I grew up locally and am a UM-Flint alumnus, so I have great pride in both the University of Michigan and the Flint community. I really love teaching here. Our students are inspiring. They work so hard for their success, often commuting and working multiple jobs or raising a family while taking classes. I love to see them succeed. There is nothing like the feeling you get as a teacher when you explain something and a student finally gets it, and you can see their face light up in comprehension.
However, my low wages make it hard for me to do this work that I love. I was a first generation college student myself, and I have over $100,000 in student loans. I have a six-month-old daughter at home, and it’s hard to justify the cost of day-care with the amount of money I make. I can’t even consider having a second child on my salary. If not for my husband’s job I quite literally could not afford to work here.
As we will show in more detail in our salary presentations this afternoon, we think the U is an extremely wealthy institution. Many tenure-track and staff make well above $100,000 a year and get decent raises every year. We also know that our work brings in a huge surplus in tuition dollars, and that overall financial situation is very healthy. Given that, there is no good reason for our members who are doing the central job of this place – providing students with an education – to be paid so little. We think paying people with Master’s degrees and Ph.Ds. $30,000 or so, give or take a few thousand, is shameful, especially considering that in community colleges and area high schools they start at twice that. This needs to stop.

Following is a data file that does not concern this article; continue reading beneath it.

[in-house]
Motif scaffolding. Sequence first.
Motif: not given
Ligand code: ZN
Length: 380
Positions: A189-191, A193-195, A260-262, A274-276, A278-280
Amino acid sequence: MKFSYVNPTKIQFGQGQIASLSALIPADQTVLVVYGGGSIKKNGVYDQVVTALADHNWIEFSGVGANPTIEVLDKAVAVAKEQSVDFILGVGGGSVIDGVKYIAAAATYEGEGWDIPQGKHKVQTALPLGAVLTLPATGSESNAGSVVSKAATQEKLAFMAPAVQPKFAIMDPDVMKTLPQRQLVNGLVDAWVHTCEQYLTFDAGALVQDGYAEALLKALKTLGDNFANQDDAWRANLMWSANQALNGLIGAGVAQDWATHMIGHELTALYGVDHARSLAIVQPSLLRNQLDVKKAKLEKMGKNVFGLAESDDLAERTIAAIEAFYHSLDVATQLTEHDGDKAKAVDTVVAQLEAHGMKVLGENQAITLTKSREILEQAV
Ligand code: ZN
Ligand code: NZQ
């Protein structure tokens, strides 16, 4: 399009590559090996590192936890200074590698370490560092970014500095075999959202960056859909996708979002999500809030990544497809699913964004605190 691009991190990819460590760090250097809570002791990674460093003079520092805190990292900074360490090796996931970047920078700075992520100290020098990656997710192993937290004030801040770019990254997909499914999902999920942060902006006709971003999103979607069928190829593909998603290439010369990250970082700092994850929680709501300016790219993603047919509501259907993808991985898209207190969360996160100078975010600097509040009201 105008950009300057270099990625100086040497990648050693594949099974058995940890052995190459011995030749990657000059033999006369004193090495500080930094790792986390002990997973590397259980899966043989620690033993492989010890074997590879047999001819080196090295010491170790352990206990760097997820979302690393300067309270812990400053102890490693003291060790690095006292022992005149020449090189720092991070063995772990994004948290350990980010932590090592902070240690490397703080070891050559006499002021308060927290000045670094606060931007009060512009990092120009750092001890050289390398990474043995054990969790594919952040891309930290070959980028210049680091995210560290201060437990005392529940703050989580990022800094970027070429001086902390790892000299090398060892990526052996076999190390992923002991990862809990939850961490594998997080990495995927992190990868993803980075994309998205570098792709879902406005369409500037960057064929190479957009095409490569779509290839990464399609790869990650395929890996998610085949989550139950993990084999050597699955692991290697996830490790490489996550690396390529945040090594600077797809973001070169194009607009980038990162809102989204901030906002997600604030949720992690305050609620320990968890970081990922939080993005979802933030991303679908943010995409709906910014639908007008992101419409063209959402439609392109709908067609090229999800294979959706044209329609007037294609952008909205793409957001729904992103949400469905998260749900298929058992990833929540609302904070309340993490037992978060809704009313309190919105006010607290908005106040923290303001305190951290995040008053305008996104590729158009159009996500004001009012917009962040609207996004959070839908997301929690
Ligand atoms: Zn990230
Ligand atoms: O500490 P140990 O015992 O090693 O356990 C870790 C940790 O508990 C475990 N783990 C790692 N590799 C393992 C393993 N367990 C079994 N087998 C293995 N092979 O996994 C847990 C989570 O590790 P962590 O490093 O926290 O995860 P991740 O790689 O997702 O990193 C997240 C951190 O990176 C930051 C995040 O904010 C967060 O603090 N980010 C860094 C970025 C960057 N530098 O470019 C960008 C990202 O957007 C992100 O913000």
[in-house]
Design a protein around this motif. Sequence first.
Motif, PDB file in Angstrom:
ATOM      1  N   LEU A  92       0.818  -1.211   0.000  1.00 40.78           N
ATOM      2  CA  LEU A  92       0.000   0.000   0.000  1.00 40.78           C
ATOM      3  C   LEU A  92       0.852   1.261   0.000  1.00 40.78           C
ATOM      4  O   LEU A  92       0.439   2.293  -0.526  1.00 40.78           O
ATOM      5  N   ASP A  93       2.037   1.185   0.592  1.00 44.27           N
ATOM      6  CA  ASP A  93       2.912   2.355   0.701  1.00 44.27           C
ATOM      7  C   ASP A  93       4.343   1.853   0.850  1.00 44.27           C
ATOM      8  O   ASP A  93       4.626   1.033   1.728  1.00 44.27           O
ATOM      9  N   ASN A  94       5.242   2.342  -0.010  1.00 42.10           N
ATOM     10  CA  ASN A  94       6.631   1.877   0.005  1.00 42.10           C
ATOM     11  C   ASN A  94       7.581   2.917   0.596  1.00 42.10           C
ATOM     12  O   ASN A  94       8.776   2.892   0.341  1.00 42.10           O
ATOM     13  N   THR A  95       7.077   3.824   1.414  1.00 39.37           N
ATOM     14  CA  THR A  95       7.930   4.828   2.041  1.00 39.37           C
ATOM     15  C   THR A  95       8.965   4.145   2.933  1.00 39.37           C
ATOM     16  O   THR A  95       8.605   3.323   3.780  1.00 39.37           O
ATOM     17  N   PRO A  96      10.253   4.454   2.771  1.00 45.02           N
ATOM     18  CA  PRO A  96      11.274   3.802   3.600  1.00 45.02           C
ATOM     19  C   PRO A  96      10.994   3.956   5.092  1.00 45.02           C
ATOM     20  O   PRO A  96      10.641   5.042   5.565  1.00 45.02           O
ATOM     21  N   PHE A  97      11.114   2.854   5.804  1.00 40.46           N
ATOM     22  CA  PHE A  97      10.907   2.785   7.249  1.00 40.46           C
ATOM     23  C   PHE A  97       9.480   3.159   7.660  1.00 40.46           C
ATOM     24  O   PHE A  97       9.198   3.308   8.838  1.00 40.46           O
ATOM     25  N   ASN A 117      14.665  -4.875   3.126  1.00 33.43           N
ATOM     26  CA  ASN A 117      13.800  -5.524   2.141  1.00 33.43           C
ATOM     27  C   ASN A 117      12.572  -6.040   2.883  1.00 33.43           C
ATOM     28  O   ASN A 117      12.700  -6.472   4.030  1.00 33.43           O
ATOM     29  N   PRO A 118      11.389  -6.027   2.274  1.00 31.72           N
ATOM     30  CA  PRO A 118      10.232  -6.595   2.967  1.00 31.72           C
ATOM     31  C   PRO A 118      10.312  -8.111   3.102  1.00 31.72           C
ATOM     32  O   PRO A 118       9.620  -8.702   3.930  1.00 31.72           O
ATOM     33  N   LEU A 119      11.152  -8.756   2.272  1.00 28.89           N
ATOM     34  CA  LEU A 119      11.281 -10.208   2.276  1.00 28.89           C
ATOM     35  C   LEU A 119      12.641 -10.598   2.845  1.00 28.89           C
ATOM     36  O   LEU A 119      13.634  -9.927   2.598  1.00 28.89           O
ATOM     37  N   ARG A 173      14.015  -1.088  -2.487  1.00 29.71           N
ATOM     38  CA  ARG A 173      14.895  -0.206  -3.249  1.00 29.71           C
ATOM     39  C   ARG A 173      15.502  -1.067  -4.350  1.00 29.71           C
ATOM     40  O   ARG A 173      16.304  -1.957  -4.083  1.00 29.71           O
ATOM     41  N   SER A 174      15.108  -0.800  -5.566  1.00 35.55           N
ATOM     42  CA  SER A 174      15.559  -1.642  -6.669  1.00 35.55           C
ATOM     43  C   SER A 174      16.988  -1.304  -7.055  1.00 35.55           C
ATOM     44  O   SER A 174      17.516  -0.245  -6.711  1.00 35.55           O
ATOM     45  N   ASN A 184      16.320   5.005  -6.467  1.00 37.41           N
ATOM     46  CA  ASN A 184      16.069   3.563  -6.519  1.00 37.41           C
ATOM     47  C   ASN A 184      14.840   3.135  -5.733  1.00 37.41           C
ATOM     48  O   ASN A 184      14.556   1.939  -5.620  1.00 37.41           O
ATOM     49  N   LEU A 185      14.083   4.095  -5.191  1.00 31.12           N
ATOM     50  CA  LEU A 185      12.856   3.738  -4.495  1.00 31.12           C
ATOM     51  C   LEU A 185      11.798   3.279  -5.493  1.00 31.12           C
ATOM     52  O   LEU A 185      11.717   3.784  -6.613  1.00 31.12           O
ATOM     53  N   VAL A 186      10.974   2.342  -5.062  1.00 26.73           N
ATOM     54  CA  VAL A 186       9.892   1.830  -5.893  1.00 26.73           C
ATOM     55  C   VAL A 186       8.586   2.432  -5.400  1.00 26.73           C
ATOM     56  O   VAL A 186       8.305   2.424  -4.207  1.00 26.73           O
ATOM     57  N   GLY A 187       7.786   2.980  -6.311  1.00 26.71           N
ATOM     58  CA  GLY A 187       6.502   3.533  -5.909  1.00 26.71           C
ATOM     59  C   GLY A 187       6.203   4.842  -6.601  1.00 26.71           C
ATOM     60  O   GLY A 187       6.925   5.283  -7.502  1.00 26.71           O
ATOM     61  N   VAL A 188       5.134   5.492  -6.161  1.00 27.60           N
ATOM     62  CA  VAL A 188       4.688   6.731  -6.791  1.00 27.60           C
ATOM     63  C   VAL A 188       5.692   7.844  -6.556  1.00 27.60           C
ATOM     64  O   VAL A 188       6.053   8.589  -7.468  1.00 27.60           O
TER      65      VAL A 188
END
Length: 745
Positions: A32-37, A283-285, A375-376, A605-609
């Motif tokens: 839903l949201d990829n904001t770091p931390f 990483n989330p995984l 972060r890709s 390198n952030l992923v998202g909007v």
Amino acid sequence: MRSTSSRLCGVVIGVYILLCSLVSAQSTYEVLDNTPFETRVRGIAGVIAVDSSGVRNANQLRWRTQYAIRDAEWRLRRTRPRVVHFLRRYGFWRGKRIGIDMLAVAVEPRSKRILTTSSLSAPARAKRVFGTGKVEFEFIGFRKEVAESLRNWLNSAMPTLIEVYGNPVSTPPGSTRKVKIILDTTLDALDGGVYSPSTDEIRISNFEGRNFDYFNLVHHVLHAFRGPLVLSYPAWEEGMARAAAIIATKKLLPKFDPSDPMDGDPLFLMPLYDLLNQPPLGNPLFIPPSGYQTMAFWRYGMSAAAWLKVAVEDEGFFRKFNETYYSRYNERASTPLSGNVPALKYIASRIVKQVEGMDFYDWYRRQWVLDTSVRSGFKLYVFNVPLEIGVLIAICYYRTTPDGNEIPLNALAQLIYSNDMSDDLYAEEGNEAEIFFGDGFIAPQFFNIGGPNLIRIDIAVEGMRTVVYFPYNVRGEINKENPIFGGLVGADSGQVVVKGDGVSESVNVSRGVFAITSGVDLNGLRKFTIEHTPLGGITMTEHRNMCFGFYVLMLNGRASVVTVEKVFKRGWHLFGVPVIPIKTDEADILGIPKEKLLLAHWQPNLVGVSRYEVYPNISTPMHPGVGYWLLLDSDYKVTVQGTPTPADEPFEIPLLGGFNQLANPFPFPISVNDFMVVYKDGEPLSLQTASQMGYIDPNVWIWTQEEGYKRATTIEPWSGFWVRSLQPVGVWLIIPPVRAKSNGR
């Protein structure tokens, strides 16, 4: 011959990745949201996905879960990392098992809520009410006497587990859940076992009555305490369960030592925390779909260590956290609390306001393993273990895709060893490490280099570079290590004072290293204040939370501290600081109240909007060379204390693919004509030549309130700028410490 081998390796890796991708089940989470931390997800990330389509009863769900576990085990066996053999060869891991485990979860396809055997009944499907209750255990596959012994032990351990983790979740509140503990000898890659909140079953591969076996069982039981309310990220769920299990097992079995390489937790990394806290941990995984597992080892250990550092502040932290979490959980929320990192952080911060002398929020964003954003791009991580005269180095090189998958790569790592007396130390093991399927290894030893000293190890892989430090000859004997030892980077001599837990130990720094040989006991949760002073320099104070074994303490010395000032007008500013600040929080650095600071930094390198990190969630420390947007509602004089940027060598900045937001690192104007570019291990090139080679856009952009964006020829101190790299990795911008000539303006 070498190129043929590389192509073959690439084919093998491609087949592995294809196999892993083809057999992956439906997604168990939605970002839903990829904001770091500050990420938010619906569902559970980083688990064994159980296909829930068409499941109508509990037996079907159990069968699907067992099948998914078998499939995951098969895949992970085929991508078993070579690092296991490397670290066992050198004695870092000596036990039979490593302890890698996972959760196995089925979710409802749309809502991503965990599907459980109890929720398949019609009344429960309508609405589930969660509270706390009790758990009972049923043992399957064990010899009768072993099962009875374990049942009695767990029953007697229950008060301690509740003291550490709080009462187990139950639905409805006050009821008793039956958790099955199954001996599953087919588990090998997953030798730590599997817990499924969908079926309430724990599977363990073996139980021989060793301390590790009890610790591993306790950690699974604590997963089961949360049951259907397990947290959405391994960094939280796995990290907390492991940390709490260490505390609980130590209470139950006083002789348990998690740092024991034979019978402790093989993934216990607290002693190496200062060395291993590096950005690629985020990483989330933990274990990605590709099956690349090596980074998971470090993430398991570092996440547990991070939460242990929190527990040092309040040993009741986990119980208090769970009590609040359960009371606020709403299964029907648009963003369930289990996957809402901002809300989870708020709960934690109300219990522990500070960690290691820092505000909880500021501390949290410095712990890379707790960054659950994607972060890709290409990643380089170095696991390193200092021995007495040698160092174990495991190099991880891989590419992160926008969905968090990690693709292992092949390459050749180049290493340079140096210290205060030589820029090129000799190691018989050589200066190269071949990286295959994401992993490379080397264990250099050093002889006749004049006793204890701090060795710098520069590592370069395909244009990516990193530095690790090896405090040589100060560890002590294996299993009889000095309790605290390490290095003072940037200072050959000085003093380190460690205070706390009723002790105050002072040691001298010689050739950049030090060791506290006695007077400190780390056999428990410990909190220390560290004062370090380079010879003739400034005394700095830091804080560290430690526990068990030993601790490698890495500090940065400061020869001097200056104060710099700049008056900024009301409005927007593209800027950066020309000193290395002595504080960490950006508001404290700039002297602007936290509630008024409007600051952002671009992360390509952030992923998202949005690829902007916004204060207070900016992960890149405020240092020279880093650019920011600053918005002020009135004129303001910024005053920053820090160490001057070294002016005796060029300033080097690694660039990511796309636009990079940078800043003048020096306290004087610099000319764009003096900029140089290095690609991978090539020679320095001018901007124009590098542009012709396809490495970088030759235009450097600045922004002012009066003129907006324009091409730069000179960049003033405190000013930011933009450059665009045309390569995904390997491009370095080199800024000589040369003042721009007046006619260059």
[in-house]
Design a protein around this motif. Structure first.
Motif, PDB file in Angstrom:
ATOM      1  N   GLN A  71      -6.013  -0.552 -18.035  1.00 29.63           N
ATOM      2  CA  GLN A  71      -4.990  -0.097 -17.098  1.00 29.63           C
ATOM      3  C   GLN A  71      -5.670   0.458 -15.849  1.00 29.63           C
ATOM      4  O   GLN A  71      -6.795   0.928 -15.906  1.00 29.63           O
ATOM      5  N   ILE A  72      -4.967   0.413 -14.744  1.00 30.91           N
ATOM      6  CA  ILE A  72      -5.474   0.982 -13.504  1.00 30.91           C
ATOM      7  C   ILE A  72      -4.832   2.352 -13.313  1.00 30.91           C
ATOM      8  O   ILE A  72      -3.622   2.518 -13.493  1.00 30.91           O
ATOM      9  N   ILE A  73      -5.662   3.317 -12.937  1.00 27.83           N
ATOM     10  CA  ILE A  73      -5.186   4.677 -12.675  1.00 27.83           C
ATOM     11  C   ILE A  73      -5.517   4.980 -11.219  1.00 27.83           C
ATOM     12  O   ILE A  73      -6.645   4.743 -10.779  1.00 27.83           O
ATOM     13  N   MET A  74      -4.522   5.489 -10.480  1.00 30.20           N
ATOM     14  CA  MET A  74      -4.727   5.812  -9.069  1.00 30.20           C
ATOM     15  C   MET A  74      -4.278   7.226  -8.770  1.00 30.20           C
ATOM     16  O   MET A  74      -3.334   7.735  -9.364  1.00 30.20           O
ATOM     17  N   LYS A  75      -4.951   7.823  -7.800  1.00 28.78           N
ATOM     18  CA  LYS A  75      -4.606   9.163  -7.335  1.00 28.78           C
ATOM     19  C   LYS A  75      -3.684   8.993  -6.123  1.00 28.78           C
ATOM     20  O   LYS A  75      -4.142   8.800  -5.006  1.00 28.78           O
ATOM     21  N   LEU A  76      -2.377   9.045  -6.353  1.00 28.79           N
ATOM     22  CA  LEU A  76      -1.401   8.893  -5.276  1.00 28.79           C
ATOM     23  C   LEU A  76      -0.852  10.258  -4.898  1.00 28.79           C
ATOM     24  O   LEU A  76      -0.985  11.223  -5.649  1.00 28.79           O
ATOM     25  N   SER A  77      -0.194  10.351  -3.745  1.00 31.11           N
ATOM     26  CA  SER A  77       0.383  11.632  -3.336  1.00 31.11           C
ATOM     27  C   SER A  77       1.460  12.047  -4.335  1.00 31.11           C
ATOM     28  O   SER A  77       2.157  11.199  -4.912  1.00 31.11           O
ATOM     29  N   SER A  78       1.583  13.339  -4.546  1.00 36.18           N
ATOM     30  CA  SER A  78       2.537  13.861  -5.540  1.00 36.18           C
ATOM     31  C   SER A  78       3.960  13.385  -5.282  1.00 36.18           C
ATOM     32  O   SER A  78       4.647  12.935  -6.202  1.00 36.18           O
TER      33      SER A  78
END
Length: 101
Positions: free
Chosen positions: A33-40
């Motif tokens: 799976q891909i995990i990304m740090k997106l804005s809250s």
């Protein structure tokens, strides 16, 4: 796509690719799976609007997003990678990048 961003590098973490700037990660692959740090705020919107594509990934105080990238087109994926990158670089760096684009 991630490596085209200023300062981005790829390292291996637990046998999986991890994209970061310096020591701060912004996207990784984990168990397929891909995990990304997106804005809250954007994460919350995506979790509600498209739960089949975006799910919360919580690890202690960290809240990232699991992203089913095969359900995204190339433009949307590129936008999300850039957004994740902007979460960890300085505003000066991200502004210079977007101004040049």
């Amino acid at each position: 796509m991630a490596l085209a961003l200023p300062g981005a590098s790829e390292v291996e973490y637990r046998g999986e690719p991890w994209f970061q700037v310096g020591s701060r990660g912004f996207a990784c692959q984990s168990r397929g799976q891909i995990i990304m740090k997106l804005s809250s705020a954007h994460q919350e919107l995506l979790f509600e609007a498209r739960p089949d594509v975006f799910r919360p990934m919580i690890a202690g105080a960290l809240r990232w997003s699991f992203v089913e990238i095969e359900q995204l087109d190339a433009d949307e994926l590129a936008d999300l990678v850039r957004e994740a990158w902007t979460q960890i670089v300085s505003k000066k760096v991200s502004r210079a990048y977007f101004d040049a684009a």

The other major problem on the salary front is that after eight years, our already pitiful salaries level off. In the early years of employment, there are two 7% raises (on top of the annual raises), which our members certainly enjoy receiving. In a good year, you may get close to a 10% raise. However, after year eight, there is nothing except for the annual raises, and those have been anemic – on average between 2% and 3%. Moreover, most departments, not all, have been adamant that lecturers by definition cannot be eligible for merit raises, no matter how amazing they may be or what kinds of accolades come their way. What this means is that with the increased costs of living, and the increased cost of benefits, which is a given, people are getting farther and farther behind every year. In other words, there is no incentive to stick around. Thus, improved annual raises for all, and longevity raises for long-term lecs, were identified as equally important a goal as raising the minimums.